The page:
After I got back in from scouting out the raid site I stopped by Lucy’s desk, grabbed some chalk and a washcloth and disappeared into a lesser-used storage cupboard. I followed the curve fervently with my eyes as I traced a few concentric circles in white and red. Then, I etched out the lines between the circles, creating new, smaller shapes and linking them intricate well of colour and pattern. I could see nothing, but my muscles knew the routes to our goal. The gold nuggets sent a pulse of cold through my body as I positioned them at four key intersections. Next was the moss, tumbling from between my fingers and into the centre. Finally: the jagged stone of the Nether.
I struck a match and light swept over half the stone, illuminating a little blood-red kite. The match lowered, caught the surface and then the whole upper surface was burning. Cupping this little beacon between my hands, I bent over the circle and chants came naturally to me. The words of old. The words of my people. The words of Herobrine, that he had told me to use in my hour of need.
But nothing came of it. Ten minutes slipped through my fingers as I used them to house the flame.
“He’s not coming,” I concluded.
“Are you sure there’s no interference? You are in another world after all.”
“No, he wasn’t answering back home either. Worth a try but I either can’t do it since Zine Craft or he’s not listening.”
I cleaned up the signs of the ritual. Despite the Book’s protests, I gave up hope of soliciting the Blind Watcher’s aid.
If I could have gotten in touch, we would have had the full force of the True Court. Literal millions of Noobians, hundreds of thousands of Divine soldiers, thousands of living Pigmen, an immense fleet of airships and the Greater Divines themselves were a considerable force in combat. That was without mentioning the hundreds of administrators who could be called upon to provide vassals. They might not be there in time for the raid tomorrow, but it would at least be a promise that the Entity would end up facing a force to rival its own.
But no. My master wouldn’t hear my plea. We were alone.
I scrunched my eyes shut and begin the walk of shame to the dormitories. Laughter from the Dungeons and Enderdragons group rippled through the air, reached me and made my stomach lurch. Warnado’s cackle rose above the rest, like a robin leaping from the back of an eagle and I quickened my pace, heart fighting to get out of my chest.
“If anything happens to that child…”
“You will endure,” The Book scolds. It has developed a certain condescension since I lost to Fire.
I reached my bed and collapsed in. I didn’t bother to take my clothes off and didn’t know if I would change them the next day. The enemy wasn’t going to care if I was spick and span. I compelled the Book to send me to sleep and wake me at the appropriate hour. One of the unexpected advantages of letting the Book in was peaceful sleep. My nightmares had vanished. Once a tormentor, the Dreamweaver now soothed me as I drifted off.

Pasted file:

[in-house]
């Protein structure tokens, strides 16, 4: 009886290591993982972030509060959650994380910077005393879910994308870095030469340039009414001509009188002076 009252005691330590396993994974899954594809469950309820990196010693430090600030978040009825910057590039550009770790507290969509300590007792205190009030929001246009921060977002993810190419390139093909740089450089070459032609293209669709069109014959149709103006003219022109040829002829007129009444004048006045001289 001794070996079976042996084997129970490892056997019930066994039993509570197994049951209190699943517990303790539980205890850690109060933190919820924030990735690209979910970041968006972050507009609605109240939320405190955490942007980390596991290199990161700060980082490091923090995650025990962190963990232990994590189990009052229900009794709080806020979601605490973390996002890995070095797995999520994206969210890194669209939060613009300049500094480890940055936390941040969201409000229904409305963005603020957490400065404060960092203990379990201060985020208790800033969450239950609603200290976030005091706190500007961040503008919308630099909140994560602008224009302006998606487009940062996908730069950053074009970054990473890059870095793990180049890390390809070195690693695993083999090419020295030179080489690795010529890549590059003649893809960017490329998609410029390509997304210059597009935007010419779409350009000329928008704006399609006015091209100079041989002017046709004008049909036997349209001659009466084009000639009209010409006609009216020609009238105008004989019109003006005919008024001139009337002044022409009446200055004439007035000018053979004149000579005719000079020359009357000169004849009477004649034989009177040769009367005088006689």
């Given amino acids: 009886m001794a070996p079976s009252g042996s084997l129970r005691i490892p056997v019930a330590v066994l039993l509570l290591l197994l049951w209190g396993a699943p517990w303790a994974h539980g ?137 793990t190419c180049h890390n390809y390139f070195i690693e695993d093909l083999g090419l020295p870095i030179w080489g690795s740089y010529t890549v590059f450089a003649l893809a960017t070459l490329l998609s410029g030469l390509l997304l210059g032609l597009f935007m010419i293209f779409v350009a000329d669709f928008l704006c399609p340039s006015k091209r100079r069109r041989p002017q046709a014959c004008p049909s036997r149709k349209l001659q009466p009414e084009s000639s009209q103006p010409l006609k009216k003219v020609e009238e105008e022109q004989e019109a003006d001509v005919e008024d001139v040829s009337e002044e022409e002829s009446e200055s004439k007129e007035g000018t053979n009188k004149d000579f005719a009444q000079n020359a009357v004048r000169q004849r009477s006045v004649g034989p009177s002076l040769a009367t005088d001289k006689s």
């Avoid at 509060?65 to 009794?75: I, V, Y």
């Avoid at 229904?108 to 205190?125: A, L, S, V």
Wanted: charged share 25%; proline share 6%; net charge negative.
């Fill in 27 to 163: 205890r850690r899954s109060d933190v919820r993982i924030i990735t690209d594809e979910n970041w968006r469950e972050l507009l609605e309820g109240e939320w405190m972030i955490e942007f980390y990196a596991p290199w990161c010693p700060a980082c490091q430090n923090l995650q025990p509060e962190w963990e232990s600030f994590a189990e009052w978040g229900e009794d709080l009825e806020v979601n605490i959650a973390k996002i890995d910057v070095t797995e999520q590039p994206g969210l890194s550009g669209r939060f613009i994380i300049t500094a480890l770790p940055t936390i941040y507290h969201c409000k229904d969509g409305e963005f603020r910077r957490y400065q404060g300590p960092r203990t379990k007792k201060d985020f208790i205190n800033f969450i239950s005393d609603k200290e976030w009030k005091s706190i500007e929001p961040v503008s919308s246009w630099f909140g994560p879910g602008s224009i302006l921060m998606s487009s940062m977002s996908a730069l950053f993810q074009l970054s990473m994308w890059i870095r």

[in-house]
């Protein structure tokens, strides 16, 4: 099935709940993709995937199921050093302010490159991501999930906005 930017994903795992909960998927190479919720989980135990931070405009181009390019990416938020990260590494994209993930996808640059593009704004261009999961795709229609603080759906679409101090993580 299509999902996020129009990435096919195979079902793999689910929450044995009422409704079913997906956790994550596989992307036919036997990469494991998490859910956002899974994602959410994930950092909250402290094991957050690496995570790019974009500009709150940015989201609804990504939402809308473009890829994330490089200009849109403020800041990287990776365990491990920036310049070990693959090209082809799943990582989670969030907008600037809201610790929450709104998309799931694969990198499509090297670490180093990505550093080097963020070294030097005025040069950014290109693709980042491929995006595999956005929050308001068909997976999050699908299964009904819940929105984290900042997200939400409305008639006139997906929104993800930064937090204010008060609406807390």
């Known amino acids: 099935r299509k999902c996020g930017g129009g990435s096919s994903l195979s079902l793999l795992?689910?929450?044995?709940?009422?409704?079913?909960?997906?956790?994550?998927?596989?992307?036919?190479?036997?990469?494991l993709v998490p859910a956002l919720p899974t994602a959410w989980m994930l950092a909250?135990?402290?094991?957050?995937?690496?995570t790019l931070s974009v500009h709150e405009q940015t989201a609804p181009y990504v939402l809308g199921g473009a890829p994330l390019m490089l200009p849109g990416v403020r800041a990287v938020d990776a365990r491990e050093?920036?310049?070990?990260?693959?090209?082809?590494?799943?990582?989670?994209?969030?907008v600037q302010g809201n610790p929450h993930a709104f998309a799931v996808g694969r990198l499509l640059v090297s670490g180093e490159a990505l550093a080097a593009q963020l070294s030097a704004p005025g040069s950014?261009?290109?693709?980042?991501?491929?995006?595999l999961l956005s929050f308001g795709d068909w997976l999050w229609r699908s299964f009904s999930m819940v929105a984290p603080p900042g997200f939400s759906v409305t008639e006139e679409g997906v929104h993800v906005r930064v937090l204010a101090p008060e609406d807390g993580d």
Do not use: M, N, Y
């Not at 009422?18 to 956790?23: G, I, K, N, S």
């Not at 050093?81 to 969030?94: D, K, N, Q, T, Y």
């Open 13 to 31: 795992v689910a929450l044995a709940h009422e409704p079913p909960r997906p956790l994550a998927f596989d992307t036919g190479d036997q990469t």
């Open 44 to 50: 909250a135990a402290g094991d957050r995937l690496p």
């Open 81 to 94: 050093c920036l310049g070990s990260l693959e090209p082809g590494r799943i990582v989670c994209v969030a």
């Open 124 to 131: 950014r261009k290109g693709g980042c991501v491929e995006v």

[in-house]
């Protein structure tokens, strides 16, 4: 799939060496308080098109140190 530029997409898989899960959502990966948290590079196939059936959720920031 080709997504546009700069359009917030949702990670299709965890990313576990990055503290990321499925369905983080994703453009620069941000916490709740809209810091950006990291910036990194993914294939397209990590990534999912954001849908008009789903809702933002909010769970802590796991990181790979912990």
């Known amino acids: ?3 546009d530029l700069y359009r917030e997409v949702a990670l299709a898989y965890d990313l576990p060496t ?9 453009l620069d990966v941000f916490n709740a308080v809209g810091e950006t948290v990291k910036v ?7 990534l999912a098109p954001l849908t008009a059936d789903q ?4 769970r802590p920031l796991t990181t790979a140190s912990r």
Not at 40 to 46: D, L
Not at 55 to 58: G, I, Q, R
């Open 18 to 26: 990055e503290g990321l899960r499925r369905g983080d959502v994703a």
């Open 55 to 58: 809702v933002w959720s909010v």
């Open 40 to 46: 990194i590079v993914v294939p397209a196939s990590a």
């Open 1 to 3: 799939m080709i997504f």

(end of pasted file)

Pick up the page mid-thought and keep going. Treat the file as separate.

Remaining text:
Part of my mind remains awake. We were in a study with walls whose colour I can’t make out. There was a fireplace, but its light didn’t carry quite right. I sat behind a desk. Blackboard behind me. An armchair across from me contained a human-like shape composed of swirling, fluttering pages: The Book’s preferred manifestation.
I paid a little more attention and the walls settled into a nice shade of green and the light took on a more orange and warmer aspect. It’s time for our scheduled meeting.
“Thank you for your help with that apology. You were right, it was better to clear the air,” I began.
“You’re welcome. Now, the captains?”
“The Ender, Glibby and Freak are the main possibilities. There are others, but these are the ones the Entity seems to prefer sending into the field.”
I swivel my chair around to the blackboard and I see images of the three captains in chalk, with annotations surrounding them scribbled in my own delicately chaotic hand.
“Freak is physically weakest but can choose who can see or interact with him,” I remark. “He’s the worst-case scenario, in my view.”
“Weakness can be exploited. If he comes near us, strike fast. I will see what I can do about making him tangible. It does not seem insurmountable.”
“If Freak’s nearby he won’t come near us, and he’ll just switch out if we use a portal. He might yell at us for taunting purposes, but he’ll not risk confrontation.”
“We zap her. It’s not one on one this time. She will stay down.”
“That slow moron? He’s strong and nothing more. An ambassador for a crime lord. Portalling around should be enough to bring him to heel.”
“Be cautious, that crime lord will not have sent him without protection.”
And so, we carried on, debating stances, circumstances to expect, spells and moves to employ. I wouldn’t go in charging as I had at the village, weaving between ranks and punching holes in them. At the beginning, I would go in to separate an officer from the group and disrupt the Endlings, but after that I would stay at the edges, picking them off while Fire and the others took the main body. None would escape. None of our party would die. I would not let them. Until I did.
Chapter16:Final Breather (Fristad)